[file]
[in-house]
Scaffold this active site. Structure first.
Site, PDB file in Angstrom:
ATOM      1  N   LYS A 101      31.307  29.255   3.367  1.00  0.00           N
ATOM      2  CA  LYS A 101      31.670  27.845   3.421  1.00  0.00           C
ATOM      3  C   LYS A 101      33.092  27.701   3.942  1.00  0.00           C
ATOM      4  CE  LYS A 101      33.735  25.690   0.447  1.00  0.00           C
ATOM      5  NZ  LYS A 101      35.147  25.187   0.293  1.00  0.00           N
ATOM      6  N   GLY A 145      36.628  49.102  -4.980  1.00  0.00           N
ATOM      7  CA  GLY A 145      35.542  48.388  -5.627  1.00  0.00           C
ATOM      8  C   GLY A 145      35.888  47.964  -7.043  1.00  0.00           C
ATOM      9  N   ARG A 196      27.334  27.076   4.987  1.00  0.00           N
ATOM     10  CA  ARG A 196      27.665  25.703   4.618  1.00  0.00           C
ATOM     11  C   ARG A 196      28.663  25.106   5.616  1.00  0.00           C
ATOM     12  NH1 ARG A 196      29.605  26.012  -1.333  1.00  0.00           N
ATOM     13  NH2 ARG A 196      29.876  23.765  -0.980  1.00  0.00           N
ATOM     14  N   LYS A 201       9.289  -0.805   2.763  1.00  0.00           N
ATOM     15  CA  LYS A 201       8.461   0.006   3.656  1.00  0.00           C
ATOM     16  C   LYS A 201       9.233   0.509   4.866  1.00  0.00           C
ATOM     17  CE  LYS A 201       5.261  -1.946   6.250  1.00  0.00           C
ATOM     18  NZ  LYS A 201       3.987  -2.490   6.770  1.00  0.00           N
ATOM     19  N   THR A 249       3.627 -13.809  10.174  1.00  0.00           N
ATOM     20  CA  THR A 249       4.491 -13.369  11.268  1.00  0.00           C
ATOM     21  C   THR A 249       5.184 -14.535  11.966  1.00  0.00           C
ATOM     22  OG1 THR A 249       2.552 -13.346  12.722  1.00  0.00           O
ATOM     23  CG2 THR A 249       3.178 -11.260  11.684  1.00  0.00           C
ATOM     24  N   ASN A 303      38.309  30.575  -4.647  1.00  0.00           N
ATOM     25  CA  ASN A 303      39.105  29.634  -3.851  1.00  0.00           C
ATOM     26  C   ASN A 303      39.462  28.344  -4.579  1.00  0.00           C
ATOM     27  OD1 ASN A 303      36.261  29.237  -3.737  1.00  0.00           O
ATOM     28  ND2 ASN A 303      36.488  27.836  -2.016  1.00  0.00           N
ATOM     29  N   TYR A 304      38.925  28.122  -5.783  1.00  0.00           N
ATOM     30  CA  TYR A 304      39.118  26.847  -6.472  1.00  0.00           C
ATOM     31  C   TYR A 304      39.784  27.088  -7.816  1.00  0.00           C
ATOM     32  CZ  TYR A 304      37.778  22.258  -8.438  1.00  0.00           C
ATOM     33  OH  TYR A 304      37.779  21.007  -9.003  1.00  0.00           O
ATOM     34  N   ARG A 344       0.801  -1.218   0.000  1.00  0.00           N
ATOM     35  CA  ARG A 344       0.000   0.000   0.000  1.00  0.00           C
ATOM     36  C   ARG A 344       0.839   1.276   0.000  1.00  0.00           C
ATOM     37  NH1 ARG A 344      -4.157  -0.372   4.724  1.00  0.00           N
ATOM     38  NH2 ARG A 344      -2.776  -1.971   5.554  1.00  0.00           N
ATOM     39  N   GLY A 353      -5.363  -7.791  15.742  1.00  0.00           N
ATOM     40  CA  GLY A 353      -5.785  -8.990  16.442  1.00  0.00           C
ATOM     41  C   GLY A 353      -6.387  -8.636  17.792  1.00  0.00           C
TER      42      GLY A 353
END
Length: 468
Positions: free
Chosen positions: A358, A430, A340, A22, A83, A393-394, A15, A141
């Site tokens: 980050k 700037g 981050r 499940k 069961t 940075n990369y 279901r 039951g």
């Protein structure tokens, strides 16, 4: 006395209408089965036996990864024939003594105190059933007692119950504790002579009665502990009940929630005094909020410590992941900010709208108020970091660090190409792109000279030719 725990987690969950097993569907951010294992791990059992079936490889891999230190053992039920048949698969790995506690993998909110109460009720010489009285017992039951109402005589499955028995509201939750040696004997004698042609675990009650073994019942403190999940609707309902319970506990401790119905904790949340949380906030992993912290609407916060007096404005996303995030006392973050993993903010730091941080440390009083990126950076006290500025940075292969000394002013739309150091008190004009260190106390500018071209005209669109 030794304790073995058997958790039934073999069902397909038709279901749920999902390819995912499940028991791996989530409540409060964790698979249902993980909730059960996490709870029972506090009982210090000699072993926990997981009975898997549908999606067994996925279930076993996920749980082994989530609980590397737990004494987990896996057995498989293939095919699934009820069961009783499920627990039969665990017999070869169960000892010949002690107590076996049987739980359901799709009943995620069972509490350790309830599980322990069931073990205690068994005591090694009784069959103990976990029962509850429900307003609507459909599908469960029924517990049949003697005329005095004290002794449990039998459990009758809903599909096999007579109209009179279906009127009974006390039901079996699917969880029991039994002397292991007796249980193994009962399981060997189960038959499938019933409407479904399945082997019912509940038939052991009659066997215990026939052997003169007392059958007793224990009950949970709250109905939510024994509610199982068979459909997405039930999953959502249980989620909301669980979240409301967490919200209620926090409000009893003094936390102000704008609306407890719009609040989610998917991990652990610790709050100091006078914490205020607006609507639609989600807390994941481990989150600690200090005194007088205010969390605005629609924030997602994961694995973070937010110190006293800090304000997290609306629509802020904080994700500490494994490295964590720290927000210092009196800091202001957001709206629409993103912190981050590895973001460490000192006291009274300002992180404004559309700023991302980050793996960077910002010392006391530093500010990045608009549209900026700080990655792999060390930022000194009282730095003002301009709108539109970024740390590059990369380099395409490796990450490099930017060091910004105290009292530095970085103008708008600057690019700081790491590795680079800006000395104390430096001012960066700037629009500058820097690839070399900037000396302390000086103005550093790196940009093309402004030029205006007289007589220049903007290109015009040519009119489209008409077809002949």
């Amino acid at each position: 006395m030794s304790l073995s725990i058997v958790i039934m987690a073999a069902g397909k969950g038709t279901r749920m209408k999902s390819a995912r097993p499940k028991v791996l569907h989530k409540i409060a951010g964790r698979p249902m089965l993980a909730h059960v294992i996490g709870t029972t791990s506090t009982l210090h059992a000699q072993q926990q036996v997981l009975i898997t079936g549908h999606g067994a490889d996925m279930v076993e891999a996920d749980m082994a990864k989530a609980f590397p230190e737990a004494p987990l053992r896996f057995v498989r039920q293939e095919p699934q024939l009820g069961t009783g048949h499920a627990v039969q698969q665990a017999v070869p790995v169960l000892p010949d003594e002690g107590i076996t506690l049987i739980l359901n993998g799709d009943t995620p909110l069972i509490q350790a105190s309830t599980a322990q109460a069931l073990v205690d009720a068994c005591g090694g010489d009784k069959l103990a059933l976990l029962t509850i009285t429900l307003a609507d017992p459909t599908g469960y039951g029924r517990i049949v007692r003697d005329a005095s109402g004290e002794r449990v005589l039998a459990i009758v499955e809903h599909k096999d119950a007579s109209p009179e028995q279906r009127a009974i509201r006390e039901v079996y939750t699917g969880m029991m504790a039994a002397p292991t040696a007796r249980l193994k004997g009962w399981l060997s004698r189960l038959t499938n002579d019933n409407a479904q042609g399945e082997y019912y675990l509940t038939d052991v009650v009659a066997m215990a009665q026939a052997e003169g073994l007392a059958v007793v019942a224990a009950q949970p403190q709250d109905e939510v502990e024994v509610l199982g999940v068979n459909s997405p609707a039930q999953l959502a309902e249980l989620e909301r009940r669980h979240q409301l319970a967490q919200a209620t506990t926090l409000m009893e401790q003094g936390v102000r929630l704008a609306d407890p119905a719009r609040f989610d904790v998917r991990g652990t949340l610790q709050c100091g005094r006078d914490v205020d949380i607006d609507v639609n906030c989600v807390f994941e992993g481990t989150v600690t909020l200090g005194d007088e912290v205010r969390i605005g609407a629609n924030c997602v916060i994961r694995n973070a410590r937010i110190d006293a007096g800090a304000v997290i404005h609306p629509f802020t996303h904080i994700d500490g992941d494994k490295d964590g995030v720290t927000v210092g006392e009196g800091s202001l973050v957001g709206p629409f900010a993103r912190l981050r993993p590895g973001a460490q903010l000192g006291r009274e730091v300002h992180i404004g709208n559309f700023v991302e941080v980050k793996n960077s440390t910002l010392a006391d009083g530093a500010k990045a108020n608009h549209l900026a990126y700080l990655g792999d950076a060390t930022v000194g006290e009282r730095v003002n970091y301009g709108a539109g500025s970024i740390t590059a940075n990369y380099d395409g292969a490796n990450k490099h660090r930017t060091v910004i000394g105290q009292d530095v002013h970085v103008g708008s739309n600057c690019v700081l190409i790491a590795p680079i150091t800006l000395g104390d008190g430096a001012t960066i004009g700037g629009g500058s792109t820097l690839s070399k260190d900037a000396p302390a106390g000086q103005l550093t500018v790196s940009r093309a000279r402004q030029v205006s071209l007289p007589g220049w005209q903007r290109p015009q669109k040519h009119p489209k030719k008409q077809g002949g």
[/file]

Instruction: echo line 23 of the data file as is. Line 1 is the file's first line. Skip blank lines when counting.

ATOM     20  CA  THR A 249       4.491 -13.369  11.268  1.00  0.00           C